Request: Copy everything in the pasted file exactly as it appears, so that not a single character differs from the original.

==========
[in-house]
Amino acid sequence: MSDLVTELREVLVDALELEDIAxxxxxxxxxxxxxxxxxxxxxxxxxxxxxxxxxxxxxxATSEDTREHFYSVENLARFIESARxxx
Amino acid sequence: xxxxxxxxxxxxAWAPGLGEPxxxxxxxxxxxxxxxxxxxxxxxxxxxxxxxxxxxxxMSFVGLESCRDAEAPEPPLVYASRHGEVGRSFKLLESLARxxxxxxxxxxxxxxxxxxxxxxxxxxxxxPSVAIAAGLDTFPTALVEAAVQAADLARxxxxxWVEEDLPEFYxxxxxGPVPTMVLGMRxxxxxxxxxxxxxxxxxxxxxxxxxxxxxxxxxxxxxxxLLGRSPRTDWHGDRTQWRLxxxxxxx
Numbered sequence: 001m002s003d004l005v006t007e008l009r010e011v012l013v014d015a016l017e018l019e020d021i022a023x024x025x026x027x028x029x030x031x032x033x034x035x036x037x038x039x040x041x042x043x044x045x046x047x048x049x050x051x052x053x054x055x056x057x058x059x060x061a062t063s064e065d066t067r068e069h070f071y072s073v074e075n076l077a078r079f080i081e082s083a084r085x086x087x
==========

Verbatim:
[in-house]
Amino acid sequence: MSDLVTELREVLVDALELEDIAxxxxxxxxxxxxxxxxxxxxxxxxxxxxxxxxxxxxxxATSEDTREHFYSVENLARFIESARxxx
Amino acid sequence: xxxxxxxxxxxxAWAPGLGEPxxxxxxxxxxxxxxxxxxxxxxxxxxxxxxxxxxxxxMSFVGLESCRDAEAPEPPLVYASRHGEVGRSFKLLESLARxxxxxxxxxxxxxxxxxxxxxxxxxxxxxPSVAIAAGLDTFPTALVEAAVQAADLARxxxxxWVEEDLPEFYxxxxxGPVPTMVLGMRxxxxxxxxxxxxxxxxxxxxxxxxxxxxxxxxxxxxxxxLLGRSPRTDWHGDRTQWRLxxxxxxx
Numbered sequence: 001m002s003d004l005v006t007e008l009r010e011v012l013v014d015a016l017e018l019e020d021i022a023x024x025x026x027x028x029x030x031x032x033x034x035x036x037x038x039x040x041x042x043x044x045x046x047x048x049x050x051x052x053x054x055x056x057x058x059x060x061a062t063s064e065d066t067r068e069h070f071y072s073v074e075n076l077a078r079f080i081e082s083a084r085x086x087x